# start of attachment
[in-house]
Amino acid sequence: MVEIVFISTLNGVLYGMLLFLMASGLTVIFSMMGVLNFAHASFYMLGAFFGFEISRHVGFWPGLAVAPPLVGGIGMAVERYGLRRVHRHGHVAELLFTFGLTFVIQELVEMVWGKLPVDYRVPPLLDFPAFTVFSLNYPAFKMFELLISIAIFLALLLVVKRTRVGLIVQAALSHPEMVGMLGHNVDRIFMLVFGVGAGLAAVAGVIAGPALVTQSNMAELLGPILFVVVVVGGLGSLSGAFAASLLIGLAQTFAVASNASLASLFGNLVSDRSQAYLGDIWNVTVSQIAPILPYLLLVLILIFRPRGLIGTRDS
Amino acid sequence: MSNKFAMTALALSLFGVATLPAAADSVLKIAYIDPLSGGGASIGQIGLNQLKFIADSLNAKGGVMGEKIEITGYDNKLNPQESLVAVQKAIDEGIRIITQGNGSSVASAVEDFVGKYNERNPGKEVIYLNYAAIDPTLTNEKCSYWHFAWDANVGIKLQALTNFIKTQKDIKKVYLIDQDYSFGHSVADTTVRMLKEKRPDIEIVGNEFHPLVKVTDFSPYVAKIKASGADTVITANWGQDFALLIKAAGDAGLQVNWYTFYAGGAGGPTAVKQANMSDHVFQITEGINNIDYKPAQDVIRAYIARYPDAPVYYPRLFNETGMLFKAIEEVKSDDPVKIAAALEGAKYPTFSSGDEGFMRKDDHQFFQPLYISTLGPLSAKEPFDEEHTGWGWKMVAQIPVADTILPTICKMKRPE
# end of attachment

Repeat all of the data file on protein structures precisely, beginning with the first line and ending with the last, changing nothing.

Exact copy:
[in-house]
Amino acid sequence: MVEIVFISTLNGVLYGMLLFLMASGLTVIFSMMGVLNFAHASFYMLGAFFGFEISRHVGFWPGLAVAPPLVGGIGMAVERYGLRRVHRHGHVAELLFTFGLTFVIQELVEMVWGKLPVDYRVPPLLDFPAFTVFSLNYPAFKMFELLISIAIFLALLLVVKRTRVGLIVQAALSHPEMVGMLGHNVDRIFMLVFGVGAGLAAVAGVIAGPALVTQSNMAELLGPILFVVVVVGGLGSLSGAFAASLLIGLAQTFAVASNASLASLFGNLVSDRSQAYLGDIWNVTVSQIAPILPYLLLVLILIFRPRGLIGTRDS
Amino acid sequence: MSNKFAMTALALSLFGVATLPAAADSVLKIAYIDPLSGGGASIGQIGLNQLKFIADSLNAKGGVMGEKIEITGYDNKLNPQESLVAVQKAIDEGIRIITQGNGSSVASAVEDFVGKYNERNPGKEVIYLNYAAIDPTLTNEKCSYWHFAWDANVGIKLQALTNFIKTQKDIKKVYLIDQDYSFGHSVADTTVRMLKEKRPDIEIVGNEFHPLVKVTDFSPYVAKIKASGADTVITANWGQDFALLIKAAGDAGLQVNWYTFYAGGAGGPTAVKQANMSDHVFQITEGINNIDYKPAQDVIRAYIARYPDAPVYYPRLFNETGMLFKAIEEVKSDDPVKIAAALEGAKYPTFSSGDEGFMRKDDHQFFQPLYISTLGPLSAKEPFDEEHTGWGWKMVAQIPVADTILPTICKMKRPE